18. Once my research resumes, can I enroll subjects who may experience worse outcomes if they contract COVID-19 (e.g. diabetics, people 65 and older, people with cardiovascular or pulmonary conditions, etc.)?Protecting subject welfare is always paramount.

Principal Investigators should give additional consideration to individuals who may be at higher risk of experiencing a worse outcome should they contract COVID-19, and evaluate if this additional risk can be appropriately mitigated through protective measures like PPE or if the potential benefits of participating in the research are insufficient to proceed with enrollment.

Most significantly, if your study involves experimental drugs or devices you should carefully evaluate if the intervention has any impact on cardiovascular or pulmonary function.

The IRB can also be consulted for guidance before proceeding with enrollment.
19. If my study qualifies for a particular resumption stage, do I have to resume the study? What must I do to justify a delayed onset of my study?The answer will depend on if your project is externally funded or not.

Federal awards will be guided by institutional practice. The UF approach at this time is that a delayed restart is an unapproved reduction in effort and reduced performance towards project goals. You would need to work with DSP if you are seeking an exemption.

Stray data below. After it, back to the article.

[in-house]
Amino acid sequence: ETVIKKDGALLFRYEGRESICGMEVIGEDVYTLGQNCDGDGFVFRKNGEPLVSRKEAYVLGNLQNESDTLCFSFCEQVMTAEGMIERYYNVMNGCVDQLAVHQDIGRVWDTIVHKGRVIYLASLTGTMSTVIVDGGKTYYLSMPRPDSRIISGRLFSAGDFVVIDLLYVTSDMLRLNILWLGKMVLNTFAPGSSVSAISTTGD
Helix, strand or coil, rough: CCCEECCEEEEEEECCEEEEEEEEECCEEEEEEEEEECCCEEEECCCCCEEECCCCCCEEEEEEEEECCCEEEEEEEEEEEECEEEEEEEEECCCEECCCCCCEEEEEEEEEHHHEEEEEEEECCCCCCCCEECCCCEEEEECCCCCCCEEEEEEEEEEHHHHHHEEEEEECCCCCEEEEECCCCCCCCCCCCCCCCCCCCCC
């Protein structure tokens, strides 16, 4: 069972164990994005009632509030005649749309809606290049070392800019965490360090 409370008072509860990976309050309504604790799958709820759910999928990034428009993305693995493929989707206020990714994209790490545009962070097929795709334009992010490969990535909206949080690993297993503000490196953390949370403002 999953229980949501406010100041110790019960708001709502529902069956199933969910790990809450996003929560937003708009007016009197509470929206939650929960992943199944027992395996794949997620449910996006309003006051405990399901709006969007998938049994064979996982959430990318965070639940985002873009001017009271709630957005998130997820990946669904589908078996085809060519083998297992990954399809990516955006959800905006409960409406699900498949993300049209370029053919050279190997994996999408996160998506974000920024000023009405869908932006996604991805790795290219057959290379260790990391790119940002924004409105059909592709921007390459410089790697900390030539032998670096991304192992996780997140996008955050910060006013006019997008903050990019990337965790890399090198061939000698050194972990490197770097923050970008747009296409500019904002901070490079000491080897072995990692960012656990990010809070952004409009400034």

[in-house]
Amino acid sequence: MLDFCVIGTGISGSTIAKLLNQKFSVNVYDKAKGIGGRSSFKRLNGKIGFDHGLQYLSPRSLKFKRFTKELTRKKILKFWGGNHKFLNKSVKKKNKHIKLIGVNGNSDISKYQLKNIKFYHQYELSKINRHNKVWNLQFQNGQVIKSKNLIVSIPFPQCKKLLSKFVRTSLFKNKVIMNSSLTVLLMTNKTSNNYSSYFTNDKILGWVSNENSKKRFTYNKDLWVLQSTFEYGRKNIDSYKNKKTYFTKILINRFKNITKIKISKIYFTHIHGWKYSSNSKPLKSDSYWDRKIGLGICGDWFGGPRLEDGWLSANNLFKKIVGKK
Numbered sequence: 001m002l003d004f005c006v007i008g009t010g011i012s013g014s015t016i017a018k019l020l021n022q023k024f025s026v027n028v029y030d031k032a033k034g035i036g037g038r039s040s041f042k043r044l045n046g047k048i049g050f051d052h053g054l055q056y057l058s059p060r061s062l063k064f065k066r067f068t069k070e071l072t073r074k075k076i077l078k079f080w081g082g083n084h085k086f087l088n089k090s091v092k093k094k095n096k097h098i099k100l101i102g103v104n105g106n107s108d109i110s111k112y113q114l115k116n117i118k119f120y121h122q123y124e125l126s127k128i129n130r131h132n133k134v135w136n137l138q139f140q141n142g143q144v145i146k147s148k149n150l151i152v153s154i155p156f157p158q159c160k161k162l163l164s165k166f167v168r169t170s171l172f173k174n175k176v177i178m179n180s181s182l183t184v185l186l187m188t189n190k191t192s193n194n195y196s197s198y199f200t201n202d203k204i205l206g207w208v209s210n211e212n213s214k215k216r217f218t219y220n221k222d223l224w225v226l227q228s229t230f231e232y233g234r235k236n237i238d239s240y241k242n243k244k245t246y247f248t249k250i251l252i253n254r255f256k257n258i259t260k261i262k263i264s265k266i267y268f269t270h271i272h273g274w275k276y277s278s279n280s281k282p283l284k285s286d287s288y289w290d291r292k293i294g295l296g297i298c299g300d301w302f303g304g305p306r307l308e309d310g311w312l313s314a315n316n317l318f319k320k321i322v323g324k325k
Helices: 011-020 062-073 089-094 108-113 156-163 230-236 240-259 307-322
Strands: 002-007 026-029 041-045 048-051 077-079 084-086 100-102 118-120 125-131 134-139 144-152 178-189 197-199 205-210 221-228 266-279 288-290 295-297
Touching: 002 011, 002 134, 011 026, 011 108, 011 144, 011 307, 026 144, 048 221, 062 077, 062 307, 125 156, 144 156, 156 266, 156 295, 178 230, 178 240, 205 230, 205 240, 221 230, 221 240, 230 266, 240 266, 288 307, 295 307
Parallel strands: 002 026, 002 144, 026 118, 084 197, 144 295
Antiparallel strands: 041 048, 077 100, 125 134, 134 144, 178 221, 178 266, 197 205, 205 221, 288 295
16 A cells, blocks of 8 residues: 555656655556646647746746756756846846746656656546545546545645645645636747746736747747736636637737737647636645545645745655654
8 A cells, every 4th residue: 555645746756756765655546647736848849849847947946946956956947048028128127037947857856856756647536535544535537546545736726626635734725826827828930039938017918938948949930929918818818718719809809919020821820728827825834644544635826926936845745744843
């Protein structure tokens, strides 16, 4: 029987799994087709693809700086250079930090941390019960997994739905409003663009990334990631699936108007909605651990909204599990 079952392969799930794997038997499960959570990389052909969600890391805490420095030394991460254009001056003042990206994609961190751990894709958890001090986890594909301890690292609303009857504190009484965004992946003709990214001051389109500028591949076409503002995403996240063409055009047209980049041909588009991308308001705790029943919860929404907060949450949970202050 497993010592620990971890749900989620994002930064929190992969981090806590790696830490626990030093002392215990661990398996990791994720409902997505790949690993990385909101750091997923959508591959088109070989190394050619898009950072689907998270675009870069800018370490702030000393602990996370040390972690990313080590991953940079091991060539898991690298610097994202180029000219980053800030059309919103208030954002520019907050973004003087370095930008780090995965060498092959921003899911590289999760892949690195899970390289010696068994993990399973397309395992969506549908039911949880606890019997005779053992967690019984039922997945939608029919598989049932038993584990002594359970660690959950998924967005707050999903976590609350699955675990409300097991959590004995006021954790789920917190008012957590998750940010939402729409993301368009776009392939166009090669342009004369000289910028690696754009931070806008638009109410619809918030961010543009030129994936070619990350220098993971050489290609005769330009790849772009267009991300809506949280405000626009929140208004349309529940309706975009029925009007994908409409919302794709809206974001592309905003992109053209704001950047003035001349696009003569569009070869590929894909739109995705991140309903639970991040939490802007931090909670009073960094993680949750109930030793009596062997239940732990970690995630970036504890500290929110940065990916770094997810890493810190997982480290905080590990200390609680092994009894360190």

Industry awards failing to restart potentially put us in breach. You would have to work with the sponsor to get permission to delay.

Internal projects "unfunded" are at the discretion of the PI.
20. I deal with a vulnerable patient population, and I believe the risks of bringing them back outweigh the benefits. What must I do to justify a delayed onset of my interventional study?The IRB is best positioned to determine if it is safe for a certain population, and if additional precautions should be taken, including delayed resumption. Also see question 19 above.


21. I’m a stage 2 study, but my lab space is not 250 square feet. There is *no way* for me to have even a single tester and participant pair and be compliant. What should I do?For research-only spaces where you interact with participants, the Maximum Occupancy Limits for clinical research is "Social Distancing". This means both in the pair must wear a mask and keep a 6 foot distance whenever possible.

Do you have a question not listed above? Contact OCR.


Content Last Updated 09/28/20